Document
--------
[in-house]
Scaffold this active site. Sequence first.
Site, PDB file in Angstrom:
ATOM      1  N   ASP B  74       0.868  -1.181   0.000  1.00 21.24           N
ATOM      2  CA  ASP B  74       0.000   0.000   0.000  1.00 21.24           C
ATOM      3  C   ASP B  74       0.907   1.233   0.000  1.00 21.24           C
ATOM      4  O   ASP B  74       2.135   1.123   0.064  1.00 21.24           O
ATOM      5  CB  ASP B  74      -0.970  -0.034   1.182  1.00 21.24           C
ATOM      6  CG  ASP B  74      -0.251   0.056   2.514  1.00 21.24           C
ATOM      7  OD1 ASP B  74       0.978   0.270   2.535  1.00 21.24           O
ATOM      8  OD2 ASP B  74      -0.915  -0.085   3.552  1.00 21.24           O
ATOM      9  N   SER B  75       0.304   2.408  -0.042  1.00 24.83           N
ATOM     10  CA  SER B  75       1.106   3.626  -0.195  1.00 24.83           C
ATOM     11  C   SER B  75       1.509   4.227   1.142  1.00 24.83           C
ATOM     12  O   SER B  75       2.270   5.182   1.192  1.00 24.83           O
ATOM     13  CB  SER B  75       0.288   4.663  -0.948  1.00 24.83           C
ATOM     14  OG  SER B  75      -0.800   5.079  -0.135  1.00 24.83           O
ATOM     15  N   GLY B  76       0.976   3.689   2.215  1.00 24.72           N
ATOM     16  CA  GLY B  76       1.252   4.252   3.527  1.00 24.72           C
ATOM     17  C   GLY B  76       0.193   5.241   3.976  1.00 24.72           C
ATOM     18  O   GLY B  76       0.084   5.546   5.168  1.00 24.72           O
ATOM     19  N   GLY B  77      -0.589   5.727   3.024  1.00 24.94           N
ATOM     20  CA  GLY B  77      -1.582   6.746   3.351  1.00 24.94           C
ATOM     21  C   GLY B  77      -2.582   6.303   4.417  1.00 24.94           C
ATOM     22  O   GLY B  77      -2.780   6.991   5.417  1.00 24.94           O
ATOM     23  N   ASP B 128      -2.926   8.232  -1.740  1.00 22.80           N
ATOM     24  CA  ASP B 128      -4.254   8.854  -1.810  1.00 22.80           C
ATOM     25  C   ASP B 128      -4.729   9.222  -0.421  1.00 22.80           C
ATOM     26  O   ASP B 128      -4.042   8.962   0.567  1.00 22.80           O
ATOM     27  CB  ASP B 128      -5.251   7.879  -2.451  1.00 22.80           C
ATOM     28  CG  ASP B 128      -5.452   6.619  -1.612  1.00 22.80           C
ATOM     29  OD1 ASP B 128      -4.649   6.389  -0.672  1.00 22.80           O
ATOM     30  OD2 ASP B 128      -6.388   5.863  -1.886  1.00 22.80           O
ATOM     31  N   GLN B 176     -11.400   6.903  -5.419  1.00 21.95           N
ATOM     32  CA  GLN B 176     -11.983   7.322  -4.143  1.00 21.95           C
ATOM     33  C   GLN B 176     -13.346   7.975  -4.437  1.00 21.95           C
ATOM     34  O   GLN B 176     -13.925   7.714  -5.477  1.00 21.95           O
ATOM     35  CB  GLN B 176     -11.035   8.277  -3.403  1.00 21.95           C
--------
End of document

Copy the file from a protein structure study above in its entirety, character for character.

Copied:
[in-house]
Scaffold this active site. Sequence first.
Site, PDB file in Angstrom:
ATOM      1  N   ASP B  74       0.868  -1.181   0.000  1.00 21.24           N
ATOM      2  CA  ASP B  74       0.000   0.000   0.000  1.00 21.24           C
ATOM      3  C   ASP B  74       0.907   1.233   0.000  1.00 21.24           C
ATOM      4  O   ASP B  74       2.135   1.123   0.064  1.00 21.24           O
ATOM      5  CB  ASP B  74      -0.970  -0.034   1.182  1.00 21.24           C
ATOM      6  CG  ASP B  74      -0.251   0.056   2.514  1.00 21.24           C
ATOM      7  OD1 ASP B  74       0.978   0.270   2.535  1.00 21.24           O
ATOM      8  OD2 ASP B  74      -0.915  -0.085   3.552  1.00 21.24           O
ATOM      9  N   SER B  75       0.304   2.408  -0.042  1.00 24.83           N
ATOM     10  CA  SER B  75       1.106   3.626  -0.195  1.00 24.83           C
ATOM     11  C   SER B  75       1.509   4.227   1.142  1.00 24.83           C
ATOM     12  O   SER B  75       2.270   5.182   1.192  1.00 24.83           O
ATOM     13  CB  SER B  75       0.288   4.663  -0.948  1.00 24.83           C
ATOM     14  OG  SER B  75      -0.800   5.079  -0.135  1.00 24.83           O
ATOM     15  N   GLY B  76       0.976   3.689   2.215  1.00 24.72           N
ATOM     16  CA  GLY B  76       1.252   4.252   3.527  1.00 24.72           C
ATOM     17  C   GLY B  76       0.193   5.241   3.976  1.00 24.72           C
ATOM     18  O   GLY B  76       0.084   5.546   5.168  1.00 24.72           O
ATOM     19  N   GLY B  77      -0.589   5.727   3.024  1.00 24.94           N
ATOM     20  CA  GLY B  77      -1.582   6.746   3.351  1.00 24.94           C
ATOM     21  C   GLY B  77      -2.582   6.303   4.417  1.00 24.94           C
ATOM     22  O   GLY B  77      -2.780   6.991   5.417  1.00 24.94           O
ATOM     23  N   ASP B 128      -2.926   8.232  -1.740  1.00 22.80           N
ATOM     24  CA  ASP B 128      -4.254   8.854  -1.810  1.00 22.80           C
ATOM     25  C   ASP B 128      -4.729   9.222  -0.421  1.00 22.80           C
ATOM     26  O   ASP B 128      -4.042   8.962   0.567  1.00 22.80           O
ATOM     27  CB  ASP B 128      -5.251   7.879  -2.451  1.00 22.80           C
ATOM     28  CG  ASP B 128      -5.452   6.619  -1.612  1.00 22.80           C
ATOM     29  OD1 ASP B 128      -4.649   6.389  -0.672  1.00 22.80           O
ATOM     30  OD2 ASP B 128      -6.388   5.863  -1.886  1.00 22.80           O
ATOM     31  N   GLN B 176     -11.400   6.903  -5.419  1.00 21.95           N
ATOM     32  CA  GLN B 176     -11.983   7.322  -4.143  1.00 21.95           C
ATOM     33  C   GLN B 176     -13.346   7.975  -4.437  1.00 21.95           C
ATOM     34  O   GLN B 176     -13.925   7.714  -5.477  1.00 21.95           O
ATOM     35  CB  GLN B 176     -11.035   8.277  -3.403  1.00 21.95           C